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cations to the House, and to assure his the continuance of a War which had Majesty that their Lordships would drained the Nation of an immense take the most effetual means to carry quantity of specie nothing to do with into execution such measures as might the "calamity? The profufion of Gotend 10 the security of public credit.” vernment in the creation of new offices,
The Duke of Grafron had! not any increase of salaries, the annual defi. objection to the Address; but he wilhed ciencies in almost every department of to know wherher it was the intention the public Revenue, instead of expected of Ministers to pais any act compulsory surplusses, would, perhaps, better acon the public, to make ihem accept count for the public distress than the. notes inâtead of cash for the payment alarm of invasion. Every public office of debts. His Grace condemned the was in arrear, even to the smallest sums; prelent measure, so far as it went to be and to ignorant was the Minister of the compulsory on the Bank to accede to demands for the general expenditure what the Privy Cuuncil had advanced of the Nation, that he had not been Lord Grenville faid, in relpect to
able to calculate within TEN MILLIONS what fell from the Noble Duke respect of the sum wanted so late as the 23d of ing a compulsory A&t to make people December last! The first Lord of the take Bank.notes, no such matter was in Treasury was no longer Prime Minister agitation. He was not at present prepared of this Country. Every man in office to stare what might be the effect of a Re had his hand in the public purse. gulation Bill. I his matrer more properly There was no controul till the money belonged to the other House; and when was actually expended, or, what was what they had determined upon came the same thing, the debe incurred. To before their Lordships, he thould then this, no doubt, was owing the enormous deliver his sentiments upon the subject. issue of paper, and consequently the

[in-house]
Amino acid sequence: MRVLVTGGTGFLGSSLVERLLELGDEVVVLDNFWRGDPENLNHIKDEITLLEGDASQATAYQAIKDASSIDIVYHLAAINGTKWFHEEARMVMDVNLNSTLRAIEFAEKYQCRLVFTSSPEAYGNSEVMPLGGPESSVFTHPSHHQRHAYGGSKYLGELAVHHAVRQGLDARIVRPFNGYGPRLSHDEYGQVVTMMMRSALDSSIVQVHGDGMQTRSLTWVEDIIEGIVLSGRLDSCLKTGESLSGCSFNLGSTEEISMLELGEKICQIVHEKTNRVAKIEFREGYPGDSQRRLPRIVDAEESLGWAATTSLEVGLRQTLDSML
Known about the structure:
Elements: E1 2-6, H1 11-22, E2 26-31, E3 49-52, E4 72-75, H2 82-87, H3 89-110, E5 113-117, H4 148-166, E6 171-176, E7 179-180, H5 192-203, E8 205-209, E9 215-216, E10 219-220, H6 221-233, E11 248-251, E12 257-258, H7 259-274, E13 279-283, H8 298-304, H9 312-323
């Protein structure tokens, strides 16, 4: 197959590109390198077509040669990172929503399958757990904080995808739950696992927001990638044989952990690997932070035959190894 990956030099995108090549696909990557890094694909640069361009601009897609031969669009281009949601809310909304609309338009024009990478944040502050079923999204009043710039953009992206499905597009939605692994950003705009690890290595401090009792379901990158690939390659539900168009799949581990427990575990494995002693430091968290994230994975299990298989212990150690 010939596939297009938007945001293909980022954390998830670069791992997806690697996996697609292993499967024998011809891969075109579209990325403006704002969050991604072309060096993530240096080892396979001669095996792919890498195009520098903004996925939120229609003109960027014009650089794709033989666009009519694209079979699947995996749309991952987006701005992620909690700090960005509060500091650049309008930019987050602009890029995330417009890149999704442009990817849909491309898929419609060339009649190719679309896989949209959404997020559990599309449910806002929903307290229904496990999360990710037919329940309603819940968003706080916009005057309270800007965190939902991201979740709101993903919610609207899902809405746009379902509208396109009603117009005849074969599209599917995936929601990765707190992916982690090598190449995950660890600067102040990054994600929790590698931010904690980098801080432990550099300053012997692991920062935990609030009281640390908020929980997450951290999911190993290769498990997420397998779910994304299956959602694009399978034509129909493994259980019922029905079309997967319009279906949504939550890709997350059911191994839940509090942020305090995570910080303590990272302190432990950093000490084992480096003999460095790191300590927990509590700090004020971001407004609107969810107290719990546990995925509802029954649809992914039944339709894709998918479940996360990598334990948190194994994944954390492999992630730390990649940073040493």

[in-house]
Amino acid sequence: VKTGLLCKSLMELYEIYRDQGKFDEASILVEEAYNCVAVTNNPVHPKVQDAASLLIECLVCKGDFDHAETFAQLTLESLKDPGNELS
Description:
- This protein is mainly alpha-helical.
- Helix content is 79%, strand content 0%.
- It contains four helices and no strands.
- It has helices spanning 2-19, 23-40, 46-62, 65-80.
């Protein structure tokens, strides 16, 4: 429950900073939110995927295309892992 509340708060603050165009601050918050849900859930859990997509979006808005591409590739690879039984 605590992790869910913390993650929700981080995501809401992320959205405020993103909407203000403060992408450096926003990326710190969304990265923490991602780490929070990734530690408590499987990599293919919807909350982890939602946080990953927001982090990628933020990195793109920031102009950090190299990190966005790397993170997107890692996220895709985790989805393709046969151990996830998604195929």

Lord Guildford, Lord Albenarle, heavy discounts that naturally forlowed and the Duke of Norfolk said a few it. The same thing would take place words on the subject, and then the
in the manufacture of Bank paper. Morion being put, ic was carried nem. Every man who had money would sell diffent,
it, and we should have two prices for. Lord Grenville then read another tbe same commodity. He did not like Motion, which was,“'That a secretCom the idea of force to compel persons to mittee of Nine should be appointed to receive any paper, however well fee enquire into the Finances of ine Bunk, cured; and he was convinced it would and to make their Report to the House." be attended with the most fatal effects.
The Duke of Bedford moved an He hoped, however, that Ministers, beAmendment, “ That the Cominittee fore it was too late, would now begin heruld be an open, and not a secret one.” to think of the neceflity of economy in
Lords Grenville, Liverpool, Auck. the public expenditure. laod, Fauconberg, and Albemarle, fup. The Lord Chancellor replied shortly, ported the original Motion against the and supported the arguments of Lord Amendment, which latter was fup. Grenville. He decimed faying any ported by the Dukes of Grafton and thing as to the effect of making Bank Norfolk, and
Notes a legal tender, or of forcing indi. The Marquis of Lansdown, who obviduals to receive them in payments, as served, that much had been taid of the that question was not before the House, unfounded and exaggerated alarms The House divided on the Amend. which had plunged us into our present ment proposed by the Duke of Bedford, unfortunate fituation. It was ridicu